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AlainHarvey



Joined: 25 Feb 2017
Posts: 1
Location: Houston, Texas

PostPosted: Sun Feb 26, 2017 3:08 am    Post subject: Historic Origins of Gravlax Reply with quote

Gravlax, one of the easiest luxury foods to prepare. My version is fairly traditional with wild-caught salmon cured with sea salt, fresh ground pepper, fresh dill, caraway and toasted coriander seeds. After curing for three or more days I enjoy serving the gravlax with a dill-mustard sauce and fresh pumpernickel bread.

Entomologically, ‘Gravlax’ means ‘buried salmon’ or ‘grave salmon’. It is part of the wider family of the Scandinavian fermented fishes which includes Swedish surlax (‘sour salmon’) and Norwegian rakfisk (‘soaked fish’) [Falk and Torp, 1906].

Harold McGee explains that these techniques were used in remote places where huge quantities of fish were caught in a short period of time and where (and when) salt was a rare good [McGee, 2004]. The solution was to bury the clean and lightly salted fish in a ‘grave’ dug into the earth, add some carbohydrates (bark, whey or malted barley) and some antioxidants (pine needles or berries) [Levin and Al., 1964]. This traditional method creates the conditions for the lacto-fermentation process that preserves the fish. Enzymes and bacteria from the fish flesh would break down protein and fat to produce a buttery texture with a cheesy, ammoniated smell.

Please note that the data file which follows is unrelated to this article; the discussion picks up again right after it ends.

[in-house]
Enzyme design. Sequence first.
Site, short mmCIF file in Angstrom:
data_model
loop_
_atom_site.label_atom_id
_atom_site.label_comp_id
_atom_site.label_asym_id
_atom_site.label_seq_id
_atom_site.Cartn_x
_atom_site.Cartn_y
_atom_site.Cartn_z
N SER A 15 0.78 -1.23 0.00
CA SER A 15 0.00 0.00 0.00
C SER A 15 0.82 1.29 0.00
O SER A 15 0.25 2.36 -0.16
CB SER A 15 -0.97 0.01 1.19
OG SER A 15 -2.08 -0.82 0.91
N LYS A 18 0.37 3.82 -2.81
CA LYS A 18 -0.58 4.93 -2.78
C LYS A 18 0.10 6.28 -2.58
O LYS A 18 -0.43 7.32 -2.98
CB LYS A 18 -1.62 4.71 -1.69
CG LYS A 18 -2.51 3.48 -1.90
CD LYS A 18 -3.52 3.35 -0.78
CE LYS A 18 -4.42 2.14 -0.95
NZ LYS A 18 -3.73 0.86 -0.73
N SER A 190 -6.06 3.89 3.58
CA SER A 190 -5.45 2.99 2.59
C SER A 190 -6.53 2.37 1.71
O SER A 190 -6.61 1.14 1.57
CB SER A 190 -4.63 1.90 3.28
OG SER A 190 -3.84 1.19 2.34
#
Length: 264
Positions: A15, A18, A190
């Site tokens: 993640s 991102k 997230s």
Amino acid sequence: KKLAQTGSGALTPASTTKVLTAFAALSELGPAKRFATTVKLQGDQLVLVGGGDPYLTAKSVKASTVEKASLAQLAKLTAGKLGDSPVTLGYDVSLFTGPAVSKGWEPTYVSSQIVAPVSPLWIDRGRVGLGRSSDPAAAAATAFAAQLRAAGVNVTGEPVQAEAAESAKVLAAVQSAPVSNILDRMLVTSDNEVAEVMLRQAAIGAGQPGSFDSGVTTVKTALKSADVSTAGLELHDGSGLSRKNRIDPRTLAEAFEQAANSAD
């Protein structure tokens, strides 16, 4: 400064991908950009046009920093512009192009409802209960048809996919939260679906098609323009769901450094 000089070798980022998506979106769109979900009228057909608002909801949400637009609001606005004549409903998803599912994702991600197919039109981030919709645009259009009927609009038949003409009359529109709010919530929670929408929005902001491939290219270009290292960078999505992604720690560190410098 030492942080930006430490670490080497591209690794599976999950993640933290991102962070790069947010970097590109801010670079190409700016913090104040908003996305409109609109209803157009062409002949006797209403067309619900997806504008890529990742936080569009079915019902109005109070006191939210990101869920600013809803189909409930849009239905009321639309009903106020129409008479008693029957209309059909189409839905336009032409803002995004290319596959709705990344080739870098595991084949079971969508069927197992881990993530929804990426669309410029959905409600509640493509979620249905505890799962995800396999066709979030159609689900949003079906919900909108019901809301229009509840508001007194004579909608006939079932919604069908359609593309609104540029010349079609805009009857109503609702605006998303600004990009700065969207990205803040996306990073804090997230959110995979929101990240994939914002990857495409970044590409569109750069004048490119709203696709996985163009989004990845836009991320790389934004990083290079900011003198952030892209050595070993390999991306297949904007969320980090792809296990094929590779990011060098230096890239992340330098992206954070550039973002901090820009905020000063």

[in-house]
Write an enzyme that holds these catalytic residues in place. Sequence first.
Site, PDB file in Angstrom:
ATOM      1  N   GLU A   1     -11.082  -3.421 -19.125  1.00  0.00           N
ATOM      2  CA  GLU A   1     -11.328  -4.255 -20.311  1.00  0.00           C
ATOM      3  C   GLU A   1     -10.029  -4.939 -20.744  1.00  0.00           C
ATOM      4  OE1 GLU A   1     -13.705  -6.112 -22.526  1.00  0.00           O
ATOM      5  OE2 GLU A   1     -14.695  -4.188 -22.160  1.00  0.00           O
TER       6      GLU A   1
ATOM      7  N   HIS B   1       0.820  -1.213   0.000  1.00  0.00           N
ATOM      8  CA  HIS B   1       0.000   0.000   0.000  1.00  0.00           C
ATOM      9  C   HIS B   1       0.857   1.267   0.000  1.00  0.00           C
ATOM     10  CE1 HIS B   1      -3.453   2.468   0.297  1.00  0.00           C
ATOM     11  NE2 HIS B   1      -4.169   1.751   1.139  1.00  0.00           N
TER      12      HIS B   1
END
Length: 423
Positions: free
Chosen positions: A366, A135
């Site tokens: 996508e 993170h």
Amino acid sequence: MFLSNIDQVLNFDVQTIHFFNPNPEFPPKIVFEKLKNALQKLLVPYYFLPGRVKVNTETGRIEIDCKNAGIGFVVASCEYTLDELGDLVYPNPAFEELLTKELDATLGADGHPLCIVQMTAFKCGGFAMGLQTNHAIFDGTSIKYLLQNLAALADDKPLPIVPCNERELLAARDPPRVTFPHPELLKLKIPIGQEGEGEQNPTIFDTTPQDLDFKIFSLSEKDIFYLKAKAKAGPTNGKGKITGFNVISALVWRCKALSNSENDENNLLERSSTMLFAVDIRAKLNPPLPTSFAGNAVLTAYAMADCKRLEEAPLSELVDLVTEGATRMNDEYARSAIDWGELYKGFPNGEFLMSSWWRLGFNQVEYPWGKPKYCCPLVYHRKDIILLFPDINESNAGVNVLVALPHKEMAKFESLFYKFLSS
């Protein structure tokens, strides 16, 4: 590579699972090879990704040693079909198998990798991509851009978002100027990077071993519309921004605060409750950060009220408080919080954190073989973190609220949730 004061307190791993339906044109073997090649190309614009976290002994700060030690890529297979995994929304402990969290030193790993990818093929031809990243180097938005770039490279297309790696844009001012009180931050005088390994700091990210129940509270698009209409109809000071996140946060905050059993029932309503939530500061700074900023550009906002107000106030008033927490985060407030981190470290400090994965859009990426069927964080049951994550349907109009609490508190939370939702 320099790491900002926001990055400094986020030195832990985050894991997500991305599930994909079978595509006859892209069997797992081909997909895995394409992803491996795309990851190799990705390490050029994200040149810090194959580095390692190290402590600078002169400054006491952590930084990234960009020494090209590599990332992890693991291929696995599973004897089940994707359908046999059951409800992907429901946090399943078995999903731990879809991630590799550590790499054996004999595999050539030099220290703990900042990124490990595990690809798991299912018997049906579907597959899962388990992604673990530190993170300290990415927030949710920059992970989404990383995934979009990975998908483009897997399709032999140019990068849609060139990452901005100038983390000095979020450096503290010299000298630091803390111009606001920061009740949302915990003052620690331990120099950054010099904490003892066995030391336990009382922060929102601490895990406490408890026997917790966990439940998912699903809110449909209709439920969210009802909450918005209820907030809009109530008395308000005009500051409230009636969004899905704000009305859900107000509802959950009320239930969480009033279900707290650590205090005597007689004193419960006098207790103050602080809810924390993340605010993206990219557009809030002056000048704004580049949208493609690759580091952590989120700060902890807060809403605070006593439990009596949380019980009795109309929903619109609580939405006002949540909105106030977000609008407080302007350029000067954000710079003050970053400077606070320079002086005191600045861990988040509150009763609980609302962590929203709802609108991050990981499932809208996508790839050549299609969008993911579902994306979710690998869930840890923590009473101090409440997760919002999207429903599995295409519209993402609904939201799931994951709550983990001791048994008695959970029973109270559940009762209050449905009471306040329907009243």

An ‘acquired’ taste as one would say, though not so pleasant to most of us nowadays.

In the Nordic countries, there are few if any modern adaptations of this traditional buried salmon. And while there are fermented fish products, like the pungent, sulphuric and ammoniated Swedish surströmming [Skara and Al, 2015; Valeri, 2010], it isn’t buried but rather sealed in a tin can.